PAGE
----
And as for Syria, if the Americans and their Saudi friends happen to topple the Bachar al-Assad government, they will merely hand this country over, ipso facto, to Sunni sectarians, who will return a modern Syria to the age Ryad—which will bring some heavy consequences for Israel and its American protectors. That said, I remain an optimist about Syria, and even Libya. The Syrian people know that it is civil war and the destruction of their country that is being forced onto them by these opposition officials acting more or less as puppets of the Americans and the armed groups that have infiltrated their land. The Syrians do not want their country to become the new Iraq.

—And if the war being waged by the Americans and their European and Arab allies were just, why, instead of trying to take over Syria, would they want to destroy the country or return it to a stage of development 50 years or more in the past, as certain trans-Atlantic strategists have bragged about having done with Iraq?—

JV: But it is precisely the example of Iraq that shows this is a politics of the short view, and dangerous for Washington’s geostrategic interests: today’s Iraq is closer than it ever has been to Iran. And the de facto creation of an autonomous Kurdish state in the north of the country has pushed Turkey further from the US. We gain nothing from creating these uncontrollable situations, and the chaos you have created will come back to you like a geopolitical boomerang! And what would Miss Clinton [sic] have achieved when the jihadists start parading in the streets of Tripoli, or after that in Benghazi? As for Syria, I think, the support that the Bachar al-Assad government continues to receive remains the most effective obstacle to Americano-Israelo-Saudian strategies.

—So, in Syria and elsewhere, the West is practicing a relentless, counterintuitive pursuit of war, a sort of gunboat diplomacy from one day to the next?—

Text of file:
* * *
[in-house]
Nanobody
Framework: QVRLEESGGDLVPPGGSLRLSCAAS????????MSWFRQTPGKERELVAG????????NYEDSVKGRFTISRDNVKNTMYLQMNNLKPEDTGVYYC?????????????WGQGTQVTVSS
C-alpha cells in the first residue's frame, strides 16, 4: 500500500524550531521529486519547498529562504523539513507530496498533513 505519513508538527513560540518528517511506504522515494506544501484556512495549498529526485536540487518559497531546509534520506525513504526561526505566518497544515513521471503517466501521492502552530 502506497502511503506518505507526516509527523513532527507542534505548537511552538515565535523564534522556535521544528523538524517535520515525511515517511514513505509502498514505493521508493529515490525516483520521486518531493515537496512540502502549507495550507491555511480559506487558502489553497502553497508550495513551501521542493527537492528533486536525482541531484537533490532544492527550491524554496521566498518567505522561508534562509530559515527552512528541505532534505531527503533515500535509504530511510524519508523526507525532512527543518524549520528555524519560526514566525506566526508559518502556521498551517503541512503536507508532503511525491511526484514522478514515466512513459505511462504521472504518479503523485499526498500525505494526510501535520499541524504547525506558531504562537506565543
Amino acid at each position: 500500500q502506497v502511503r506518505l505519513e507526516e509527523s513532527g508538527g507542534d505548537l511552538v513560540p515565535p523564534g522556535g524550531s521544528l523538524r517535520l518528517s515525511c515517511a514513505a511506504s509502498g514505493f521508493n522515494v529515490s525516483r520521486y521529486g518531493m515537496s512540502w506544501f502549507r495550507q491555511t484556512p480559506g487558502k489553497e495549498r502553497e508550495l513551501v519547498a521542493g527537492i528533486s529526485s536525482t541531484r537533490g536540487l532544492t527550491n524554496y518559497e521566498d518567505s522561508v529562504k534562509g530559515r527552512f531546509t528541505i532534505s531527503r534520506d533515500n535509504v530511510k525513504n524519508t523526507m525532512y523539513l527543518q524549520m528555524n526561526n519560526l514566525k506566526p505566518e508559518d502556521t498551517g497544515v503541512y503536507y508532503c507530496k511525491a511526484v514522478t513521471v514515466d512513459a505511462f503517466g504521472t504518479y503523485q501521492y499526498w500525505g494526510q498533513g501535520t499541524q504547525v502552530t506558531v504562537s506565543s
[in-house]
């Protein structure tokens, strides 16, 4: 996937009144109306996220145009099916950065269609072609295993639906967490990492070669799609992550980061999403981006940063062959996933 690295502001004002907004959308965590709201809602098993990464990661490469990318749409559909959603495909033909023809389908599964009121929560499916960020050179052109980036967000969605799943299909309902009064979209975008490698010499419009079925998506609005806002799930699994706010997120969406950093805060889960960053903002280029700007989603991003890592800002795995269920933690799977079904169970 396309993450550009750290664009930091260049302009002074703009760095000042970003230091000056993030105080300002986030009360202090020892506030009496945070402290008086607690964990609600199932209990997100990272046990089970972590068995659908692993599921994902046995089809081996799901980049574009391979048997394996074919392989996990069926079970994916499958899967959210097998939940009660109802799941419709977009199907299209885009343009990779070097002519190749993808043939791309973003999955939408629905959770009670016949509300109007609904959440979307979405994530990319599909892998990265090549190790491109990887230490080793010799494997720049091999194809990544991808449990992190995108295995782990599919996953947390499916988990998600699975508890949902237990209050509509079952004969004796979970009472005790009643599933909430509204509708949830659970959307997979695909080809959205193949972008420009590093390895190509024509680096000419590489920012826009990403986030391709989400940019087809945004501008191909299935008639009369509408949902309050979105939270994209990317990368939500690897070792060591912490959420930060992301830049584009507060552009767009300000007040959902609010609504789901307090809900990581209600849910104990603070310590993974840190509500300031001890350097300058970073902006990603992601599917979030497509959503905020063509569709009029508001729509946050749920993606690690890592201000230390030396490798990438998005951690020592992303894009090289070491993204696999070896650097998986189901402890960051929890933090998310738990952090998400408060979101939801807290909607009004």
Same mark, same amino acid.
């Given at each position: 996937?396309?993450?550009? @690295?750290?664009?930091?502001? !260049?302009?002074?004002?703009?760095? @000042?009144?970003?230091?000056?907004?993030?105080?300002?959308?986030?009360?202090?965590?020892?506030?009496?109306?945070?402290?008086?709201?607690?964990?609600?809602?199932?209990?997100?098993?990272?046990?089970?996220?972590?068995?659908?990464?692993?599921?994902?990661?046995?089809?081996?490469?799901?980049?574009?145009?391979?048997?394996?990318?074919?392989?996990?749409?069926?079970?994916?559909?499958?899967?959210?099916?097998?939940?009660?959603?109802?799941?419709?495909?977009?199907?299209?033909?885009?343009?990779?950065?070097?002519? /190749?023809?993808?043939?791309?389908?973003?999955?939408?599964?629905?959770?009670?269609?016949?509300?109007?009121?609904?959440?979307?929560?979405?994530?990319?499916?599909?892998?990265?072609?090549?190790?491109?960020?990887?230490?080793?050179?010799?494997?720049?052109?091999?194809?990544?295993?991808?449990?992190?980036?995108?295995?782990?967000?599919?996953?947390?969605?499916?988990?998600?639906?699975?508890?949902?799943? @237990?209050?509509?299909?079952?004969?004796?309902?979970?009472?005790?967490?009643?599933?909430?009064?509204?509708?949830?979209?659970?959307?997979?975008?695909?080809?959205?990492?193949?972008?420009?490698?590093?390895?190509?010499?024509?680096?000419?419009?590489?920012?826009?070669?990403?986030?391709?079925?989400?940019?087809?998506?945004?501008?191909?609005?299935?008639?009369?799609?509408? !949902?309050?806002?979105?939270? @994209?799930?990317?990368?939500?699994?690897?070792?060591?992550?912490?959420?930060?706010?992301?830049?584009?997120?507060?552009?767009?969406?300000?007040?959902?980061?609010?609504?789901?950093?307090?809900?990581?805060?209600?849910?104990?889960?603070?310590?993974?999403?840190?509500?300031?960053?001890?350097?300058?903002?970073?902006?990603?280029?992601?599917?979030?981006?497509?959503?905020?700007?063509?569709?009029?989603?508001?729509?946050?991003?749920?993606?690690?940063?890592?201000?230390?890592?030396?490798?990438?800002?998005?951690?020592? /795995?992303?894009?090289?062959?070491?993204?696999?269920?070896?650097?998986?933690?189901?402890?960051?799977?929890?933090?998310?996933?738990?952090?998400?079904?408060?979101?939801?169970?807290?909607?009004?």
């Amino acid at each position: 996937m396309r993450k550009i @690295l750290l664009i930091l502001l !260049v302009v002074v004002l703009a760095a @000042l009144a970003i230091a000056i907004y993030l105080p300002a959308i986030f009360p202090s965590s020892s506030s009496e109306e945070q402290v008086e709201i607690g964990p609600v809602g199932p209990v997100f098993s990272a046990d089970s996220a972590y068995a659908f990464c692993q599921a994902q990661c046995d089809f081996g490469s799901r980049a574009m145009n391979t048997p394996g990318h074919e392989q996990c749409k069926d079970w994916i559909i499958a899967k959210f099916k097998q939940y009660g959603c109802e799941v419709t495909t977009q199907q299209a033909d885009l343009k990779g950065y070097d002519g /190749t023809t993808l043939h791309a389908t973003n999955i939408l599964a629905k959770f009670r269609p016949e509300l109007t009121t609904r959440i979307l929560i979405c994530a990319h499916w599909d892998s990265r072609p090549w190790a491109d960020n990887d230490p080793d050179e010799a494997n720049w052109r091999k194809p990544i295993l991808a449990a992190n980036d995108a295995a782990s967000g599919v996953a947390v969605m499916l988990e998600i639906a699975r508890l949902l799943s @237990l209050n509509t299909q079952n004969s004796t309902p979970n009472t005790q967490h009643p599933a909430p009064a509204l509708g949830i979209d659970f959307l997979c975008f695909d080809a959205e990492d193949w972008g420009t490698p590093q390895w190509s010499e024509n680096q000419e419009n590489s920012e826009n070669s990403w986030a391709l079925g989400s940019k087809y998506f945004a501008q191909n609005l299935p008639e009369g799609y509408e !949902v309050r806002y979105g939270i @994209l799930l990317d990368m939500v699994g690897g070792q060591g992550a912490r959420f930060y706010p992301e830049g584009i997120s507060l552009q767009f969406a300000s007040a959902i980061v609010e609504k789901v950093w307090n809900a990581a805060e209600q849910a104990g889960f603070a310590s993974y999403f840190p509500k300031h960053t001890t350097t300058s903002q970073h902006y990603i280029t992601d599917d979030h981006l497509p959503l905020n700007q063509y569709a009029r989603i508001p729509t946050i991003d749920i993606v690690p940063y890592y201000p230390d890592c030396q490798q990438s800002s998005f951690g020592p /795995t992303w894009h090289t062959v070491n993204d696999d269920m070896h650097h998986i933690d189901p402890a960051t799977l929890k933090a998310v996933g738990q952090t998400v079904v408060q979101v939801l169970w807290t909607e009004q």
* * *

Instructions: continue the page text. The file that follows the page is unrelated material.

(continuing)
JV: Precisely. Because the West is sick. Economically. Politically. And, above all, morally. To me, these costly military gesticulations, from Kabul to Tripoli by way of Baghdad or even Damascus, are like the involuntary throes of someone in grave suffering. America is, especially, very sick, with its ruined economy, its colossal debt, its dollar turning into a piece of Monopoly money and its giant scams à la Madoff. And, also, with the arrival into the geopolitical marketplace of emerging powers, or re-emerging powers, like Russia, China, India, and Brazil. To maintain a semblance of moral and political legitimacy, and, with that, world leadership, we have to create an enemy, a “Great Satan,” as the Iranians would say, which makes domestic opinion forget about our imminent failure. But what kind of moral credibility is accorded to those powers that practice a double-standard? So, to hold on to the Near-East, we bomb Tripoli and threaten Damascus, as we let Israel continue, against repeated UN Resolutions, its colonization and bloody repression, just as we let the Saudi troops, more American pawns in the Gulf, put down a popular protest movement in Bahrain. We stigmatize Iranian fanaticism, while we support a Saudi Arabian theocracy that practices the most sectarian and obscurantist form of Islam. I could also go on at length about Côte d’Ivoire, where France, again carrying out American orders, proclaimed that Alassane Ouattara was the mild-mannered Democratic in that movie, and Laurent Gbagbo the villain, even while the UN found evidence of numerous crimes against the civilian population carried out by Ouattara’s troops in the reign of terror they established in their northern fiefdom during the now-famous presidential elections. And if we explain this as Ouattara’s not being in control of his troops, then he is simply inept!